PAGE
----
The iStep-MS trial examined the safety, feasibility and acceptability of a behaviour-change intervention to increase physical activity and reduce sedentary behaviour for people with multiple sclerosis (MS).
We developed a behaviour-change intervention led by physiotherapists to support people with MS to increase their activity and reduce their sitting time. The intervention consisted of four sessions with a physiotherapist over 3 months supported by a handbook and pedometer. The handbook guided the physiotherapists and participants through the four sessions. Key behaviour change techniques were incorporated into each session. The handbook was developed by cognitive-behavioural therapists, researchers, people with MS and physiotherapists.
We conducted a feasibility randomised controlled trial involving 60 people with MS. Half of them received the behaviour-change intervention. The other half received their usual care. We measured physical activity, step count, sitting time, walking capacity, fatigue, self-efficacy, participation and quality of life before and after the intervention. We also interviewed people who took part in the intervention and physiotherapists who delivered it to find out what they thought about it.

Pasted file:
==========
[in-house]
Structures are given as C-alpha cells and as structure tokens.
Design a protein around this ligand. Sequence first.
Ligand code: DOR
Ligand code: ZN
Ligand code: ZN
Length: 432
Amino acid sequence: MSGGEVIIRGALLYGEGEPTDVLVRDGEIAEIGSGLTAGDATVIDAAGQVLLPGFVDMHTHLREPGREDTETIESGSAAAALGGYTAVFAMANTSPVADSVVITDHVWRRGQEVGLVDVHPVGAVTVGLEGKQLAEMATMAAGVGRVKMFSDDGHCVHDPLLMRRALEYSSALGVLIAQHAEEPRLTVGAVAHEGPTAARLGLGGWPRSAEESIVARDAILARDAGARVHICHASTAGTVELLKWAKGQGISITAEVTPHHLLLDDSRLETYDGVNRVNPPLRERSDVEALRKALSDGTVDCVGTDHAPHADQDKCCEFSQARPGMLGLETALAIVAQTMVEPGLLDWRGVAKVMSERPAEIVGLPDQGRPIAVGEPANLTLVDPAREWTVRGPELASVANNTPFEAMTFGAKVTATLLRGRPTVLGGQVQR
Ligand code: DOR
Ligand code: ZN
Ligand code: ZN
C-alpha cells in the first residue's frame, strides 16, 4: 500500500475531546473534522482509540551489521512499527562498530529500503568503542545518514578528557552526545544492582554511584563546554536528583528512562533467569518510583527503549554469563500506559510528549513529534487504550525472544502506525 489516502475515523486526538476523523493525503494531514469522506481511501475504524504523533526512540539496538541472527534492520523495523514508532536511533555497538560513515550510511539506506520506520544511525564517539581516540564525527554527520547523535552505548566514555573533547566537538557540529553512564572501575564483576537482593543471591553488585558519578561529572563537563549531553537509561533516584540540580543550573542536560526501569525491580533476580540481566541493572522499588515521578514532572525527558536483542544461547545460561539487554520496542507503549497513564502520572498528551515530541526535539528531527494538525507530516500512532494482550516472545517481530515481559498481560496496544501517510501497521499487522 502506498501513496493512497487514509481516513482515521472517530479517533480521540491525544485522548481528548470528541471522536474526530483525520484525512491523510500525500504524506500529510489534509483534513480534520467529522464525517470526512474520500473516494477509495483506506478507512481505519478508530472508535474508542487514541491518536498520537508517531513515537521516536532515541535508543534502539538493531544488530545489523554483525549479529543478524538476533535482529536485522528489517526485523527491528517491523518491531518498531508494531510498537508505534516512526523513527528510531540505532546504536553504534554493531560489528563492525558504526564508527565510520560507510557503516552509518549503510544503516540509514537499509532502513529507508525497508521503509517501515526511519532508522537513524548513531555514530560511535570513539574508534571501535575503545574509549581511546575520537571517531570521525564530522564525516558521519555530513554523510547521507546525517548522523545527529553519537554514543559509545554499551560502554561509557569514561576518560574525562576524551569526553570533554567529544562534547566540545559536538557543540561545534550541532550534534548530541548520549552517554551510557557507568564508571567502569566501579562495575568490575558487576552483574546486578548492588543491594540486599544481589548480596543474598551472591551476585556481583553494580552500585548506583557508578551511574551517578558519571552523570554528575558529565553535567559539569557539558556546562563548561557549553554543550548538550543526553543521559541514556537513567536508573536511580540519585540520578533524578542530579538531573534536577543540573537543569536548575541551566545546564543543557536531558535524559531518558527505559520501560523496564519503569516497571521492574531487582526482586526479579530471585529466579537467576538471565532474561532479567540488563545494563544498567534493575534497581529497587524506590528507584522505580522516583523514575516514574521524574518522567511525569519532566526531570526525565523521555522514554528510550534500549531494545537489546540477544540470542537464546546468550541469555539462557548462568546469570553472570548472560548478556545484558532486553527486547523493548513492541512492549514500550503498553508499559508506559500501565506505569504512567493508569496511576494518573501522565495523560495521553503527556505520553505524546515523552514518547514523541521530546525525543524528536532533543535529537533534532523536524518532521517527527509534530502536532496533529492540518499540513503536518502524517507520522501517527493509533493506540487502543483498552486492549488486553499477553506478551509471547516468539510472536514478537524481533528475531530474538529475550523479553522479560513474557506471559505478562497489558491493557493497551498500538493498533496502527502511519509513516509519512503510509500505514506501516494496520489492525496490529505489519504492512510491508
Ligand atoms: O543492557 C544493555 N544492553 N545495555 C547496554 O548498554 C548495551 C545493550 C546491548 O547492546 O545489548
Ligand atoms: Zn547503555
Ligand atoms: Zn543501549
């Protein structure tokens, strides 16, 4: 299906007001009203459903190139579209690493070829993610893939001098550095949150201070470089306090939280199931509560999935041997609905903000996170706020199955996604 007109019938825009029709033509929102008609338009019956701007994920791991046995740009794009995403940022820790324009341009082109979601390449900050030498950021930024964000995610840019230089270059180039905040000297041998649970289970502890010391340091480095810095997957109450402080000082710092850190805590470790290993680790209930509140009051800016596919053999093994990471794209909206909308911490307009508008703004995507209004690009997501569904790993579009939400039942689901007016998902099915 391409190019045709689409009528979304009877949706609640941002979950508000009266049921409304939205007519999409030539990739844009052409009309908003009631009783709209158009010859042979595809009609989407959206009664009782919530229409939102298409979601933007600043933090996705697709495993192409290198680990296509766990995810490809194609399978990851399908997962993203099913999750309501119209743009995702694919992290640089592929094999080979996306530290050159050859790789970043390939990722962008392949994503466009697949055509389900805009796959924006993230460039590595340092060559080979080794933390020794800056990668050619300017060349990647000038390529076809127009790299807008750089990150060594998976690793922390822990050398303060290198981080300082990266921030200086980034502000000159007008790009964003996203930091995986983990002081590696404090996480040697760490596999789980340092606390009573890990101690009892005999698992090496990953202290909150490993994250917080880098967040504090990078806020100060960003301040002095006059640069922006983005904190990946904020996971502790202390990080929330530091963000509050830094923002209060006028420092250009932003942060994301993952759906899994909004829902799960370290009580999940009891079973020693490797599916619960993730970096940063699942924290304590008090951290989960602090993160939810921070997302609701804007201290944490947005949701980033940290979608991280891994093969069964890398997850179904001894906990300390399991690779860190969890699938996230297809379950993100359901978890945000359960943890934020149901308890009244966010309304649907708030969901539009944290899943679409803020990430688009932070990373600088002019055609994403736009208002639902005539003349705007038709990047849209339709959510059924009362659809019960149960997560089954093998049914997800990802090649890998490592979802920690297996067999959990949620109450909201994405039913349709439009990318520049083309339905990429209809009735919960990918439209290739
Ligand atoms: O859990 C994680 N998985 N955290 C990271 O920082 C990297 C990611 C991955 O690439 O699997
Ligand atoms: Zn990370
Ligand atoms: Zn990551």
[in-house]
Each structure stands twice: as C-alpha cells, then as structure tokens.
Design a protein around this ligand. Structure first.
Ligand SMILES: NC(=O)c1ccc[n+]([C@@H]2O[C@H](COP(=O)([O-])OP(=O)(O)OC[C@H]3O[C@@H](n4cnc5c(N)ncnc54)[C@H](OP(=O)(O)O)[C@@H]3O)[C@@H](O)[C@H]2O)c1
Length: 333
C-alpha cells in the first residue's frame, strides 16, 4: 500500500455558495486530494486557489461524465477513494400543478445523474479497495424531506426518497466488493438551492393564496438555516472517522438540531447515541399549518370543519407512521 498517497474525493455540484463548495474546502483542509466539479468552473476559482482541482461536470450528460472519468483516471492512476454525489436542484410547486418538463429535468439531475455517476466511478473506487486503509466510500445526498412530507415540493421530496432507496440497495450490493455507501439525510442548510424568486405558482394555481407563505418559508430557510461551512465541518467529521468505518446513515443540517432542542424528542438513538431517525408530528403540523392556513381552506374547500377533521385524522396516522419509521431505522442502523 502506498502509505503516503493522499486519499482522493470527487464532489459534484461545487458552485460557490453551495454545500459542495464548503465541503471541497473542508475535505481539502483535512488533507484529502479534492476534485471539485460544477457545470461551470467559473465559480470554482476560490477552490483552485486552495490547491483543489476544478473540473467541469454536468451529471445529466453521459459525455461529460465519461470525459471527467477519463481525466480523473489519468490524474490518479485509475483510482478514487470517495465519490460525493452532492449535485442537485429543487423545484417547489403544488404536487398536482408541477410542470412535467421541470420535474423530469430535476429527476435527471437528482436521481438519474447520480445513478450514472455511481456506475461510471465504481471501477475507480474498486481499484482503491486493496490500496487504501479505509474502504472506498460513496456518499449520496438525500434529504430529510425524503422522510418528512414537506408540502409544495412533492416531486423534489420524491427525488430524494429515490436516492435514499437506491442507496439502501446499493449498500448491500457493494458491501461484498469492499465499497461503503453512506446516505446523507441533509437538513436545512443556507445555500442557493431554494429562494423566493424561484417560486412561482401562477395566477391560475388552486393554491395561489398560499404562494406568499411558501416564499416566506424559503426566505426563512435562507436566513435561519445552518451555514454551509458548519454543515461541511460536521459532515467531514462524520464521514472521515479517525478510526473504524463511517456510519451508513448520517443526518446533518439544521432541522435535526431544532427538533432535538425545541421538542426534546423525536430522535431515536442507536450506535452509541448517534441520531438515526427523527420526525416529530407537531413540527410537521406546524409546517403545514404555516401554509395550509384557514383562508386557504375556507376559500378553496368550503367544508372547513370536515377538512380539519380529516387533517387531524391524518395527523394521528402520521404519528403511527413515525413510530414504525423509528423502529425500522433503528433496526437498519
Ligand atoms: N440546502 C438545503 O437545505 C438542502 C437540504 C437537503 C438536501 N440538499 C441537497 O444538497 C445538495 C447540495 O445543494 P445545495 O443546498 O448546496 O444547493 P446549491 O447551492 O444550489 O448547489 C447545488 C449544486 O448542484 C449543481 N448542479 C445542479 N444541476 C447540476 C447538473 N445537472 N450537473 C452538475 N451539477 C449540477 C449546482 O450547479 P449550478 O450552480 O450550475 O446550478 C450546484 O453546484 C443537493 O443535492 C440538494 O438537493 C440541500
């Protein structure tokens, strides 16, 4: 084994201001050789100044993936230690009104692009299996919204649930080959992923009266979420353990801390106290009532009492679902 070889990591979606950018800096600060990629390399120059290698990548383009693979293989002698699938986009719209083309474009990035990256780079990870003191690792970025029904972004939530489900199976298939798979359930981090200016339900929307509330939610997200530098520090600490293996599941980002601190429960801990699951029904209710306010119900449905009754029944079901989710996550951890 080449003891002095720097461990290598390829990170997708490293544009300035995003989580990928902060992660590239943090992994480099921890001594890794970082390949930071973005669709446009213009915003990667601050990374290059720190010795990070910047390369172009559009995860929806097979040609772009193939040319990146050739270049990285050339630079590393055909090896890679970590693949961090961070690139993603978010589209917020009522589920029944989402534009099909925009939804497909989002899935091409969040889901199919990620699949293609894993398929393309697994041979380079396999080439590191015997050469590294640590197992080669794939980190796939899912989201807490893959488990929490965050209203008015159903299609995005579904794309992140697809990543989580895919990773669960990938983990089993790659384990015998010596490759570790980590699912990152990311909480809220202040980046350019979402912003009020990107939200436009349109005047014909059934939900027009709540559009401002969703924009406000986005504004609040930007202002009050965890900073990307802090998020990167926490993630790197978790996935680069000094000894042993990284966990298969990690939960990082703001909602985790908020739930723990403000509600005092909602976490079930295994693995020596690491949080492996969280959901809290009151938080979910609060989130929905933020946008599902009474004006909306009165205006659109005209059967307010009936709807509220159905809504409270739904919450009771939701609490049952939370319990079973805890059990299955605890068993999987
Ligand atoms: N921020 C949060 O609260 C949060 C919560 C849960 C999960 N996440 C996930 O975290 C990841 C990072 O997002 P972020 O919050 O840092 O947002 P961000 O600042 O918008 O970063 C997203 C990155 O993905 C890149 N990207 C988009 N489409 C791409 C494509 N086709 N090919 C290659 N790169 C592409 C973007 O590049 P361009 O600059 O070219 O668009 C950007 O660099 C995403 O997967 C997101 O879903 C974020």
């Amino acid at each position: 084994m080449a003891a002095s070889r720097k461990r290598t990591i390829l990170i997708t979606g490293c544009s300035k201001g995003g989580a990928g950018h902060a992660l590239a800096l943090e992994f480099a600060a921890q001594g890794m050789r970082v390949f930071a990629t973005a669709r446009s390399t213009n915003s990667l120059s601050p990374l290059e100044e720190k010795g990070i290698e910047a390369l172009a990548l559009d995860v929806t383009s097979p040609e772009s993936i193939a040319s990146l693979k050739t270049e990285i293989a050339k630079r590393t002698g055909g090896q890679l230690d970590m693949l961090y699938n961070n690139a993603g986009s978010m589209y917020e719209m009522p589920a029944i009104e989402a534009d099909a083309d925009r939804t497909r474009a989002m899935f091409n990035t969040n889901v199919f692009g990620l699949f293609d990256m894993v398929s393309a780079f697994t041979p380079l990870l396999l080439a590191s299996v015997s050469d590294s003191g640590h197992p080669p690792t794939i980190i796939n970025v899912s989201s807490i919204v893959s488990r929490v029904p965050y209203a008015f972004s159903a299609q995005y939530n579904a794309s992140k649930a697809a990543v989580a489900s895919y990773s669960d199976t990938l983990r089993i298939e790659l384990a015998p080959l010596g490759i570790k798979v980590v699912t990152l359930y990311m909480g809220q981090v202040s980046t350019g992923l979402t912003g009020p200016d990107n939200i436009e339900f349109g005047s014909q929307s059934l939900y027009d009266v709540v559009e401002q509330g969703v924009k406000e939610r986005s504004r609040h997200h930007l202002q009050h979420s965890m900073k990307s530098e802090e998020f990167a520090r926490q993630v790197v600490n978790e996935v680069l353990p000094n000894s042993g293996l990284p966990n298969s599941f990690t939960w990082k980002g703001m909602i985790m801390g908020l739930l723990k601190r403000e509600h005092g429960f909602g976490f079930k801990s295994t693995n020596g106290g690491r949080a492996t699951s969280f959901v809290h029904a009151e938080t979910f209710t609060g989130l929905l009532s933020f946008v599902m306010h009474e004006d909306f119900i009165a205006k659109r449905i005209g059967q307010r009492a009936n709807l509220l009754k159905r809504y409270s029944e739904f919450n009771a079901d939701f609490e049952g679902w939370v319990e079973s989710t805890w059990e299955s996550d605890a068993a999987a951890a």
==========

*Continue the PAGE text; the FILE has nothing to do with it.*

The research team was:
- Dr Jennifer Ryan, Dr Meriel Norris, Dr Jennifer Fortune, Dr Andrea Stennett, Dr Cherry Kilbride, Dr Nana Anokye, Professor Christina Victor, Professor Lorraine deSouza and Dr Grace Lavelle from Brunel University London
- Dr Wendy Hendrie from Norwich MS Therapy Centre
- Mohamed Abdul from Berkshire MS Therapy Centre
- Debbie Brewin and Lee David from 10 minute CBT
The iStep-MS trial was funded by the MS Society UK